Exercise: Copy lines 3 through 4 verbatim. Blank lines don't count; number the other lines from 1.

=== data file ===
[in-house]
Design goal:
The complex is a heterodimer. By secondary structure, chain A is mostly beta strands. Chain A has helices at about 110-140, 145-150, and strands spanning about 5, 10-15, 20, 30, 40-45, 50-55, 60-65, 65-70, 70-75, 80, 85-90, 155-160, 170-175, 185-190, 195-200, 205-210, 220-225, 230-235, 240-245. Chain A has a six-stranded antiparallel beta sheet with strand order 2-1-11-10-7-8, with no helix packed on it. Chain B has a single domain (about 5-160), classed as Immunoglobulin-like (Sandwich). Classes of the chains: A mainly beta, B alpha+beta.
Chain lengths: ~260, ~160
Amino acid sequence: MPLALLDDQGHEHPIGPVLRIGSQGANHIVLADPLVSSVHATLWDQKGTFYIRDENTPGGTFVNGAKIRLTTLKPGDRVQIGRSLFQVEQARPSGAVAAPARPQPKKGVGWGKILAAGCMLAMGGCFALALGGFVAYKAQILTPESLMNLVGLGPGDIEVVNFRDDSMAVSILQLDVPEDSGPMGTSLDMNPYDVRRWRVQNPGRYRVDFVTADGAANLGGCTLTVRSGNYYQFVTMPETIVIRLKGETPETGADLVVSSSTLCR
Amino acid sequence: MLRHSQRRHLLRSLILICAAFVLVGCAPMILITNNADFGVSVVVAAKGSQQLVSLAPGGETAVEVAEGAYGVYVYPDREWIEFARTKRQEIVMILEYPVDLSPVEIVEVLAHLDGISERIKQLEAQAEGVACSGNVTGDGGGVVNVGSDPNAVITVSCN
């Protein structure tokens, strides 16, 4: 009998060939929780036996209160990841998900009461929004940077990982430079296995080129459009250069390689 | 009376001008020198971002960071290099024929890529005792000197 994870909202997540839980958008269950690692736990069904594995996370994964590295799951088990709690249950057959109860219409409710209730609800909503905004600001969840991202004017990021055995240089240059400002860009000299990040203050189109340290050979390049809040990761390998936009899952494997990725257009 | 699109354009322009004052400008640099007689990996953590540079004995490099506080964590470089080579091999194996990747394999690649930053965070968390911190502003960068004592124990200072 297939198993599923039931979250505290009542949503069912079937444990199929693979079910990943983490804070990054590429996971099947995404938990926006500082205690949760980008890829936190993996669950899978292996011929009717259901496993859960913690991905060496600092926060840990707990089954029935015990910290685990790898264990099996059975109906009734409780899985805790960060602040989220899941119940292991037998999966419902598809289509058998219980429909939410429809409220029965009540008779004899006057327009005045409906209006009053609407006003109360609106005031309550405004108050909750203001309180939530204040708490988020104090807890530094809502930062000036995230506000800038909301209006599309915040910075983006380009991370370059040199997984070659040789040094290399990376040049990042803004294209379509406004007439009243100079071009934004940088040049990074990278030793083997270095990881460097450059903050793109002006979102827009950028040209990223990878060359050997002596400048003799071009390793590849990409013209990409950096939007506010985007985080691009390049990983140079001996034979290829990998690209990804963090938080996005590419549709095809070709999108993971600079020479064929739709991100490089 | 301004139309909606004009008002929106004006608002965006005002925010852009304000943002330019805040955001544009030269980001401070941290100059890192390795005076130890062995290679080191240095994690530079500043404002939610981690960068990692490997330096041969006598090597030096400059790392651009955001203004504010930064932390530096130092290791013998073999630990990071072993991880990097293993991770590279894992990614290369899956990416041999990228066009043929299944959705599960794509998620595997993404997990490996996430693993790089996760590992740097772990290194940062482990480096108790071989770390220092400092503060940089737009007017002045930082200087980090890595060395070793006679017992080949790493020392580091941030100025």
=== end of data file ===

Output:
The complex is a heterodimer. By secondary structure, chain A is mostly beta strands. Chain A has helices at about 110-140, 145-150, and strands spanning about 5, 10-15, 20, 30, 40-45, 50-55, 60-65, 65-70, 70-75, 80, 85-90, 155-160, 170-175, 185-190, 195-200, 205-210, 220-225, 230-235, 240-245. Chain A has a six-stranded antiparallel beta sheet with strand order 2-1-11-10-7-8, with no helix packed on it. Chain B has a single domain (about 5-160), classed as Immunoglobulin-like (Sandwich). Classes of the chains: A mainly beta, B alpha+beta.
Chain lengths: ~260, ~160